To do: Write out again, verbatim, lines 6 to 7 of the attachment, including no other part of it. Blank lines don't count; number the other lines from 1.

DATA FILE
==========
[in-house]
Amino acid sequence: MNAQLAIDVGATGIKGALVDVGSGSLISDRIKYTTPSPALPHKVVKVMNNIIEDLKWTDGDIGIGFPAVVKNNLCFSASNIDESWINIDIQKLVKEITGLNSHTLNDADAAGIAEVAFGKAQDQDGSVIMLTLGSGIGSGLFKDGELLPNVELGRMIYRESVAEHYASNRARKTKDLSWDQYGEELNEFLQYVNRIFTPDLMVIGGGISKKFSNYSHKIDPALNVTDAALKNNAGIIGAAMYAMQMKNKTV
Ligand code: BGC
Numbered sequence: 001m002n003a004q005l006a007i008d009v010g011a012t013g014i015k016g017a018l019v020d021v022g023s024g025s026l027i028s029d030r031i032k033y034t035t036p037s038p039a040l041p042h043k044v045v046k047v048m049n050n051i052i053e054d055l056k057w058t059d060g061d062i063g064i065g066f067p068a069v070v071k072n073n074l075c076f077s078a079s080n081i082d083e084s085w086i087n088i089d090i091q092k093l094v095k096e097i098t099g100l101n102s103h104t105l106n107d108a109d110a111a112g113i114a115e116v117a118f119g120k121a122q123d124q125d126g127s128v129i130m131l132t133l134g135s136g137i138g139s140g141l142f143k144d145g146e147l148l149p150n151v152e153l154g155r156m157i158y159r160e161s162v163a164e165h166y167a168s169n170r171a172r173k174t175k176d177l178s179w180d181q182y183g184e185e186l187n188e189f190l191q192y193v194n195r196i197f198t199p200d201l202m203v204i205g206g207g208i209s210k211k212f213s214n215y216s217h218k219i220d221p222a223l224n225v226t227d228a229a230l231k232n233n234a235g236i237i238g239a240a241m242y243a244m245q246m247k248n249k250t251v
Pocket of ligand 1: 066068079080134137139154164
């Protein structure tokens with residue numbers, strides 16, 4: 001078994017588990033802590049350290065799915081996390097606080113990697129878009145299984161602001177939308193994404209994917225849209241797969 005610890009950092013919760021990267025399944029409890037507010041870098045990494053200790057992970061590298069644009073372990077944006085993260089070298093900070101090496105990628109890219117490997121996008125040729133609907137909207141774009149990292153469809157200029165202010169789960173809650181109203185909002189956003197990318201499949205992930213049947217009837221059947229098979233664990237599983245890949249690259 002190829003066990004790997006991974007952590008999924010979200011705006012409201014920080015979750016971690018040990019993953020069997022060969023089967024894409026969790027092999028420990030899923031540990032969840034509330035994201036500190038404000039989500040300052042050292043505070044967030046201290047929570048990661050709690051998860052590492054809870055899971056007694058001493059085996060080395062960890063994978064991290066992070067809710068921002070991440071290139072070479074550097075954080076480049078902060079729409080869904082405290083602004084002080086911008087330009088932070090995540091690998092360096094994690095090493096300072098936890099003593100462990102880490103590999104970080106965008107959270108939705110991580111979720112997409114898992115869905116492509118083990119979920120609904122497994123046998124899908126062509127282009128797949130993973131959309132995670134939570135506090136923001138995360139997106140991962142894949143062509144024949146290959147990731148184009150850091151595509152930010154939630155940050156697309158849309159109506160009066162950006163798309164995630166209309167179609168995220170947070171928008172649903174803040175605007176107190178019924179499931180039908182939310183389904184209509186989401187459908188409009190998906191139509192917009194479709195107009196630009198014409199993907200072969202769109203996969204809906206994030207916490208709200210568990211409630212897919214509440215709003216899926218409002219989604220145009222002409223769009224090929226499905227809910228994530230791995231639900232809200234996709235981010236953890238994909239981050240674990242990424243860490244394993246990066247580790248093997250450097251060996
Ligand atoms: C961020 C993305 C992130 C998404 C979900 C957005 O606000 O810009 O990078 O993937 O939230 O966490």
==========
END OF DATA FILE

């Protein structure tokens with residue numbers, strides 16, 4: 001078994017588990033802590049350290065799915081996390097606080113990697129878009145299984161602001177939308193994404209994917225849209241797969 005610890009950092013919760021990267025399944029409890037507010041870098045990494053200790057992970061590298069644009073372990077944006085993260089070298093900070101090496105990628109890219117490997121996008125040729133609907137909207141774009149990292153469809157200029165202010169789960173809650181109203185909002189956003197990318201499949205992930213049947217009837221059947229098979233664990237599983245890949249690259 002190829003066990004790997006991974007952590008999924010979200011705006012409201014920080015979750016971690018040990019993953020069997022060969023089967024894409026969790027092999028420990030899923031540990032969840034509330035994201036500190038404000039989500040300052042050292043505070044967030046201290047929570048990661050709690051998860052590492054809870055899971056007694058001493059085996060080395062960890063994978064991290066992070067809710068921002070991440071290139072070479074550097075954080076480049078902060079729409080869904082405290083602004084002080086911008087330009088932070090995540091690998092360096094994690095090493096300072098936890099003593100462990102880490103590999104970080106965008107959270108939705110991580111979720112997409114898992115869905116492509118083990119979920120609904122497994123046998124899908126062509127282009128797949130993973131959309132995670134939570135506090136923001138995360139997106140991962142894949143062509144024949146290959147990731148184009150850091151595509152930010154939630155940050156697309158849309159109506160009066162950006163798309164995630166209309167179609168995220170947070171928008172649903174803040175605007176107190178019924179499931180039908182939310183389904184209509186989401187459908188409009190998906191139509192917009194479709195107009196630009198014409199993907200072969202769109203996969204809906206994030207916490208709200210568990211409630212897919214509440215709003216899926218409002219989604220145009222002409223769009224090929226499905227809910228994530230791995231639900232809200234996709235981010236953890238994909239981050240674990242990424243860490244394993246990066247580790248093997250450097251060996
Ligand atoms: C961020 C993305 C992130 C998404 C979900 C957005 O606000 O810009 O990078 O993937 O939230 O966490």